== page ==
Scary marsupial lion with incredibly powerful bite once prowled Australia

It’s been 30,000 years since the last of the marsupial lions prowled for prey in Australia, but scientists continue to discover new species of the largest meat-eating mammals that ever lived on the continent.

The latest family member is Wakaleo schouteni, whose fossils — including a well-preserved skull, jaws and upper arm bones — were found in the Riversleigh World Heritage Area in northwest Queensland.

The fearsome predator weighed about 50 pounds and was about the size of a Collie dog, according to Anna Gillespie of the University of New South Wales Sydney, one of Australia’s leading research and teaching universities.

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Gillespie, a technical researcher for the team of scientists that identified the new species, wrote about their discovery in The Conversation, an academic and research news journal.

“‘Marsupial lions,’ also known as thylacoleonids, are an extinct family of marsupials that were present in Australia from about 24 million years ago up until the end of the Pleistocene era, about 30,000 years ago,” Gillespie wrote.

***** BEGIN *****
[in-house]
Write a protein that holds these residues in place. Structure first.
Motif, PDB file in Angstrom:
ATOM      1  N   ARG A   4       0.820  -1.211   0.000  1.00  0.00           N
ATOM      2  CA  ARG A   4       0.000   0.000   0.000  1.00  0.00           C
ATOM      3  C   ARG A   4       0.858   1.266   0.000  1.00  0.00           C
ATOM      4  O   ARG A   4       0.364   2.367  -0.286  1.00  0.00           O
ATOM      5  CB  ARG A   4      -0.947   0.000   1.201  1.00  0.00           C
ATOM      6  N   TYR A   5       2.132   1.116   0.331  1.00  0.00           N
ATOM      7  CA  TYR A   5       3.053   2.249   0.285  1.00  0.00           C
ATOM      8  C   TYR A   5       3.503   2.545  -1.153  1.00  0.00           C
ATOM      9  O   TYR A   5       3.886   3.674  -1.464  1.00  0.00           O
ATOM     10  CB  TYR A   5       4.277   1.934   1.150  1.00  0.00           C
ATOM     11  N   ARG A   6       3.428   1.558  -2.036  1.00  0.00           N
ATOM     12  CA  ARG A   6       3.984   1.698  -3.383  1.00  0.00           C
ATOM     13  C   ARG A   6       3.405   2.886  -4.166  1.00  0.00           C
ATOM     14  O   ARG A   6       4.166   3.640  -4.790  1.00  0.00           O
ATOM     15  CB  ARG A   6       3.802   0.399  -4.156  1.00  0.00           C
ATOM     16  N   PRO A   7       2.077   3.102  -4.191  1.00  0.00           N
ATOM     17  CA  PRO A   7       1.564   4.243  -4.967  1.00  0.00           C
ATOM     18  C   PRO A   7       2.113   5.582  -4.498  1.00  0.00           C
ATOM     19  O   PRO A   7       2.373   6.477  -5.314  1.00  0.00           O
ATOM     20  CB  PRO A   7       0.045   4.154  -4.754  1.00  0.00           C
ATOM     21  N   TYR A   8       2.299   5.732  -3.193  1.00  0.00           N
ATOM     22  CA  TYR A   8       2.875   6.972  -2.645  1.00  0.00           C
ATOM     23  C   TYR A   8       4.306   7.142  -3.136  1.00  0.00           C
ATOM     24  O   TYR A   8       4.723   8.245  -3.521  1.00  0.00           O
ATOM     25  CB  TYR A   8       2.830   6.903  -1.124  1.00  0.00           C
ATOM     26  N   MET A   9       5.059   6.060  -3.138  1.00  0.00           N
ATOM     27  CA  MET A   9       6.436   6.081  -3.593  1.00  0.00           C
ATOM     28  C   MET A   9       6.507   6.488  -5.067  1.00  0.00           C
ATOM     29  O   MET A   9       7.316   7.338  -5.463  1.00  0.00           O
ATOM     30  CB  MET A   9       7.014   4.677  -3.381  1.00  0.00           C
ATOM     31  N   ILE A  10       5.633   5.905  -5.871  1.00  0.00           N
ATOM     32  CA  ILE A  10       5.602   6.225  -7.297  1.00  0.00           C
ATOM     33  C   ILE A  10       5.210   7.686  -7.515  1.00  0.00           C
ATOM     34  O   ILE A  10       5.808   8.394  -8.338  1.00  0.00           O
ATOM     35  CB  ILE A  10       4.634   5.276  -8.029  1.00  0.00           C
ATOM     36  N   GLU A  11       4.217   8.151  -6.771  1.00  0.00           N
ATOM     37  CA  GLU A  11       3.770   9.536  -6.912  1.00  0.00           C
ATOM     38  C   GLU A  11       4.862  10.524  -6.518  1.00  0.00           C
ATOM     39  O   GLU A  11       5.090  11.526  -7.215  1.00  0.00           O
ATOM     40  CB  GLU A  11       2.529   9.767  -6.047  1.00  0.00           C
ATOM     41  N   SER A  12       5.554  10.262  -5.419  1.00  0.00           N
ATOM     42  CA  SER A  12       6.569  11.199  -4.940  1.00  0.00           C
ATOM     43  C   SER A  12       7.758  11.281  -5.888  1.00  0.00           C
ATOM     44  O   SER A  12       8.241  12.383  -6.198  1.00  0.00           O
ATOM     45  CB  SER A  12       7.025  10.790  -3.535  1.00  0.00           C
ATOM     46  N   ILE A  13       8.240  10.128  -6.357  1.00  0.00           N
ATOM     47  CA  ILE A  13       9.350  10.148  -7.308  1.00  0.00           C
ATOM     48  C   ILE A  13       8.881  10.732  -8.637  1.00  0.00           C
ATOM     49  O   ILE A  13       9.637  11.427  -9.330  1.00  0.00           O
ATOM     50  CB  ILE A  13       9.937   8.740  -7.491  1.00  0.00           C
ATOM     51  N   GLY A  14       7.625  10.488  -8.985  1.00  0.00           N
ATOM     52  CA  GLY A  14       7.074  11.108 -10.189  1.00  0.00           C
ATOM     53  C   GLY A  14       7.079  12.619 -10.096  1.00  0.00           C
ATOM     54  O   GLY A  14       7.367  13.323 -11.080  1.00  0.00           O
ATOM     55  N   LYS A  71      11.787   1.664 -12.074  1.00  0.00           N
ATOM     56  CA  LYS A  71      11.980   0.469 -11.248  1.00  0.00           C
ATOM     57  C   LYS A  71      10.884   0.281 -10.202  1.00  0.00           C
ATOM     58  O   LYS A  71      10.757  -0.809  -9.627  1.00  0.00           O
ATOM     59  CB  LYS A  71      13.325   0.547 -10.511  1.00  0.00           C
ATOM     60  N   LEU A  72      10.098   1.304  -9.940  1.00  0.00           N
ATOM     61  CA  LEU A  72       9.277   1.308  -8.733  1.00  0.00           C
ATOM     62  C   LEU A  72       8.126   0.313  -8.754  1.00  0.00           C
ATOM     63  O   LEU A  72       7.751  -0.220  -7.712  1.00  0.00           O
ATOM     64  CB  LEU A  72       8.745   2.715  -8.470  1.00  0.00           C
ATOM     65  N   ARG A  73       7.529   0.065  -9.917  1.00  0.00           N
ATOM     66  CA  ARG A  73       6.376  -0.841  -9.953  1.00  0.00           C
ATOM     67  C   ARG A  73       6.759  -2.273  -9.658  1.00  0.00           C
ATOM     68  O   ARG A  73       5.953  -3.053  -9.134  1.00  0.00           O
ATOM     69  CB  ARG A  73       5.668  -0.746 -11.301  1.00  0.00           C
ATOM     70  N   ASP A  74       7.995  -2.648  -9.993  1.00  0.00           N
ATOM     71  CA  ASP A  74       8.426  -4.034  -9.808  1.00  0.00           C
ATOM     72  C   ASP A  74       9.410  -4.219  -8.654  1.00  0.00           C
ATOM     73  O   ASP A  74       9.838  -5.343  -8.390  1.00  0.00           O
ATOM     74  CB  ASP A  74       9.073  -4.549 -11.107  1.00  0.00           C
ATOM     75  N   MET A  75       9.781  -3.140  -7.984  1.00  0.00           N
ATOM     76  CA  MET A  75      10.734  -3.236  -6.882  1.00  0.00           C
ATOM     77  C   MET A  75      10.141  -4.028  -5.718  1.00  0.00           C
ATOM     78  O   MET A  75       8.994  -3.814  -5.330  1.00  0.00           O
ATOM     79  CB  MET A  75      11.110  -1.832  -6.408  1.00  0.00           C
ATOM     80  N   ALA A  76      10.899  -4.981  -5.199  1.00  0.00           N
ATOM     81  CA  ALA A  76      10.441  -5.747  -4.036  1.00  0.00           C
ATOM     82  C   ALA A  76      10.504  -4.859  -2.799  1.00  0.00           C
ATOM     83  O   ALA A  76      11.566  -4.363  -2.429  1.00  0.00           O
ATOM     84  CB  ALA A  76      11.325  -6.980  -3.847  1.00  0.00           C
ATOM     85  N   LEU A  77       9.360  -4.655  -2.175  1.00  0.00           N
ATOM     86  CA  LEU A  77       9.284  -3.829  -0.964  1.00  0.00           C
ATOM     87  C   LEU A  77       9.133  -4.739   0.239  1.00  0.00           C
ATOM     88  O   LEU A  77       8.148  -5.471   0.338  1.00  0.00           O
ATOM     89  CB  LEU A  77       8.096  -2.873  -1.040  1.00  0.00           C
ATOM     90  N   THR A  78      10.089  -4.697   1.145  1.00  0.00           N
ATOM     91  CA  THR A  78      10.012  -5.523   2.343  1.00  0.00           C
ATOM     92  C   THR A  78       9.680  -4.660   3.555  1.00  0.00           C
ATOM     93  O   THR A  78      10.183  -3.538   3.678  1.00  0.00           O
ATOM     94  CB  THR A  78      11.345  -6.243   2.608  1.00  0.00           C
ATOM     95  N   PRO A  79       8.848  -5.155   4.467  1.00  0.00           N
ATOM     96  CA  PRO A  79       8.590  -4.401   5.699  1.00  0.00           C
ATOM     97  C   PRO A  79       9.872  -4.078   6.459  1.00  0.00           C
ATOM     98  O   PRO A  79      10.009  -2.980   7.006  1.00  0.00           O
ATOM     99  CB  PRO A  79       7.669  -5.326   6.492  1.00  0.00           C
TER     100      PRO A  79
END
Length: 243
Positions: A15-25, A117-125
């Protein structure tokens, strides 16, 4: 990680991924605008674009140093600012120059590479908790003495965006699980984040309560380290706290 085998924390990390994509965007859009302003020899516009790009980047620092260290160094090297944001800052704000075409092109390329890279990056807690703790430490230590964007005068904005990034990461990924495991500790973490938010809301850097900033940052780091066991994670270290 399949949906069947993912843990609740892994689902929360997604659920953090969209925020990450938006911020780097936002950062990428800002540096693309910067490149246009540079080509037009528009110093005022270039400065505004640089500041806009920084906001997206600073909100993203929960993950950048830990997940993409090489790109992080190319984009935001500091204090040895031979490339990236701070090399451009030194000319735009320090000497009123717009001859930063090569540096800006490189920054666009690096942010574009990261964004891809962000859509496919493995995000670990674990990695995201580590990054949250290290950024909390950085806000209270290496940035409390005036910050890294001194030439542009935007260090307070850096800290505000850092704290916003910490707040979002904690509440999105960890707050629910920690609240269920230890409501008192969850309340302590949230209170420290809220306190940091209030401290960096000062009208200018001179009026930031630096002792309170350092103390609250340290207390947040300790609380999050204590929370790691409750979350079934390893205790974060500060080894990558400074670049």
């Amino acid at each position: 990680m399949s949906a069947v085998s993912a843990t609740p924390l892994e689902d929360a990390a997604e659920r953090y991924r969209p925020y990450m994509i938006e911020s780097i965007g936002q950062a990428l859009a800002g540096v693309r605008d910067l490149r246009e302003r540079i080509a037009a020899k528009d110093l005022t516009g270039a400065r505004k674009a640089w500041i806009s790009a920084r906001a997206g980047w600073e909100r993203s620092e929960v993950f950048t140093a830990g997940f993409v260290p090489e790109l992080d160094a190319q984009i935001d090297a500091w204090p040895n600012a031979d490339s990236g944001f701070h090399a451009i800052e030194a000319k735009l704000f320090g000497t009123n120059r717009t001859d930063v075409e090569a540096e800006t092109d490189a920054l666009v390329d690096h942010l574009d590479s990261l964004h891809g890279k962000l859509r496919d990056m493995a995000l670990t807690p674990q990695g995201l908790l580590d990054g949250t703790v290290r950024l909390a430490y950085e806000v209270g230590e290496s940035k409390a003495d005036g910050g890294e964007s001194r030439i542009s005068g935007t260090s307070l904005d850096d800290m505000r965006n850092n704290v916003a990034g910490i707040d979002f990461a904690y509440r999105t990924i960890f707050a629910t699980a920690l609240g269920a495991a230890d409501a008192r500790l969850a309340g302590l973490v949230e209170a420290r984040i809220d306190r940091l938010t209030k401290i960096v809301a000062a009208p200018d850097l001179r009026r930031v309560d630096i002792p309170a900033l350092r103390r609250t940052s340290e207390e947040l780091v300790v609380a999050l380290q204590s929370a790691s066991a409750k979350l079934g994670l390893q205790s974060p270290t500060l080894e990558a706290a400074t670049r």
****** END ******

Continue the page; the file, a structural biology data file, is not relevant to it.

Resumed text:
“Their distinguishing feature is the presence of lengthened premolar teeth that form a pair of secateur-like blades. This feature — massively developed in the most recent member of the family, Thylacoleo carnifex — led to them being named a ‘marsupial lion’ by the 19th century palaeontologist Sir Richard Owen. 

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“At present, the thylacoleonid family contains nine species, five of which belong to the genus Wakaleo.”

In addition to their powerful jaws and forelimbs, Marsupial lions had retractable claws, a unique trait among marsupials that enabled them to secure their prey and to climb trees.

Unlike most of today’s marsupials, which include kangaroos and koalas, marsupial lions had large upper and lower incisors, similar to the pointed canine teeth of dogs and cats. They also had exceptionally large jaws, giving them the most powerful bite, adjusted for size, of any animal that ever lived on earth — as powerful as lions twice their size.

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Gillespie and colleagues Michael Archer and Suzanne J. Hand have written a detailed study of their discovery in the Journal of Systematic Palaeontology.